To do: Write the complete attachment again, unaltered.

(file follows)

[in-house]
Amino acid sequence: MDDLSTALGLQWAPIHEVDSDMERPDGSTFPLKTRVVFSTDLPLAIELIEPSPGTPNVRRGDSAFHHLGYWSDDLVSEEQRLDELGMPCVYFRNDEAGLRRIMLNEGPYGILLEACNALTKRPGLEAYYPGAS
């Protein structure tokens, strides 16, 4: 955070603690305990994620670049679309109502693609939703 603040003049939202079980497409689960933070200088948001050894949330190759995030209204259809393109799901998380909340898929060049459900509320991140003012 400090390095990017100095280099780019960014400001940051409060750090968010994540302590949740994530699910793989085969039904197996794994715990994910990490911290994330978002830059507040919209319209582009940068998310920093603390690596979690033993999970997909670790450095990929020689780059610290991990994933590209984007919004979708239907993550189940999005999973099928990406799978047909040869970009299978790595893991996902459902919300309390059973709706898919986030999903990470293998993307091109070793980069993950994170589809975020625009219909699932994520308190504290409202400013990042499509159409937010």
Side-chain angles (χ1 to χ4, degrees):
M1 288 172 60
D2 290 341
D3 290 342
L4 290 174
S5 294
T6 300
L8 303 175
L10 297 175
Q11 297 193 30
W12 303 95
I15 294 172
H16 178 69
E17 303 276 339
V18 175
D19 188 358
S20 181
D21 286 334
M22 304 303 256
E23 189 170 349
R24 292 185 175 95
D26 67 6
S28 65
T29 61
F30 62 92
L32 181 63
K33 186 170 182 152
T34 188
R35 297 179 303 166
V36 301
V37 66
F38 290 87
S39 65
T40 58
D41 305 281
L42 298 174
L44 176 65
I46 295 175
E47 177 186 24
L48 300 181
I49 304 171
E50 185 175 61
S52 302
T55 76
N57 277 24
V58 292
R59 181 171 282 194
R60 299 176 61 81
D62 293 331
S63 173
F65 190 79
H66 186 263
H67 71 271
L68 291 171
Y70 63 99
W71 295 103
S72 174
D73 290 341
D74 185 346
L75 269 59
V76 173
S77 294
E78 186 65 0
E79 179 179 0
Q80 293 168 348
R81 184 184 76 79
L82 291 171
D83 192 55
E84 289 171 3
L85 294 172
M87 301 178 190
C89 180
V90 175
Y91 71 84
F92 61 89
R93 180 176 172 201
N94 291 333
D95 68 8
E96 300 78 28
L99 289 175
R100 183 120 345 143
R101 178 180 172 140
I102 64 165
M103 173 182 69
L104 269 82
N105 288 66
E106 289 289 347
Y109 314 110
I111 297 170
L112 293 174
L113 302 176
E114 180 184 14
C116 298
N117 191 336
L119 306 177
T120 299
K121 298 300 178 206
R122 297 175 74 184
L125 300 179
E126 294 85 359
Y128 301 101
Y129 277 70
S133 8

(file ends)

[in-house]
Amino acid sequence: MDDLSTALGLQWAPIHEVDSDMERPDGSTFPLKTRVVFSTDLPLAIELIEPSPGTPNVRRGDSAFHHLGYWSDDLVSEEQRLDELGMPCVYFRNDEAGLRRIMLNEGPYGILLEACNALTKRPGLEAYYPGAS
């Protein structure tokens, strides 16, 4: 955070603690305990994620670049679309109502693609939703 603040003049939202079980497409689960933070200088948001050894949330190759995030209204259809393109799901998380909340898929060049459900509320991140003012 400090390095990017100095280099780019960014400001940051409060750090968010994540302590949740994530699910793989085969039904197996794994715990994910990490911290994330978002830059507040919209319209582009940068998310920093603390690596979690033993999970997909670790450095990929020689780059610290991990994933590209984007919004979708239907993550189940999005999973099928990406799978047909040869970009299978790595893991996902459902919300309390059973709706898919986030999903990470293998993307091109070793980069993950994170589809975020625009219909699932994520308190504290409202400013990042499509159409937010």
Side-chain angles (χ1 to χ4, degrees):
M1 288 172 60
D2 290 341
D3 290 342
L4 290 174
S5 294
T6 300
L8 303 175
L10 297 175
Q11 297 193 30
W12 303 95
I15 294 172
H16 178 69
E17 303 276 339
V18 175
D19 188 358
S20 181
D21 286 334
M22 304 303 256
E23 189 170 349
R24 292 185 175 95
D26 67 6
S28 65
T29 61
F30 62 92
L32 181 63
K33 186 170 182 152
T34 188
R35 297 179 303 166
V36 301
V37 66
F38 290 87
S39 65
T40 58
D41 305 281
L42 298 174
L44 176 65
I46 295 175
E47 177 186 24
L48 300 181
I49 304 171
E50 185 175 61
S52 302
T55 76
N57 277 24
V58 292
R59 181 171 282 194
R60 299 176 61 81
D62 293 331
S63 173
F65 190 79
H66 186 263
H67 71 271
L68 291 171
Y70 63 99
W71 295 103
S72 174
D73 290 341
D74 185 346
L75 269 59
V76 173
S77 294
E78 186 65 0
E79 179 179 0
Q80 293 168 348
R81 184 184 76 79
L82 291 171
D83 192 55
E84 289 171 3
L85 294 172
M87 301 178 190
C89 180
V90 175
Y91 71 84
F92 61 89
R93 180 176 172 201
N94 291 333
D95 68 8
E96 300 78 28
L99 289 175
R100 183 120 345 143
R101 178 180 172 140
I102 64 165
M103 173 182 69
L104 269 82
N105 288 66
E106 289 289 347
Y109 314 110
I111 297 170
L112 293 174
L113 302 176
E114 180 184 14
C116 298
N117 191 336
L119 306 177
T120 299
K121 298 300 178 206
R122 297 175 74 184
L125 300 179
E126 294 85 359
Y128 301 101
Y129 277 70
S133 8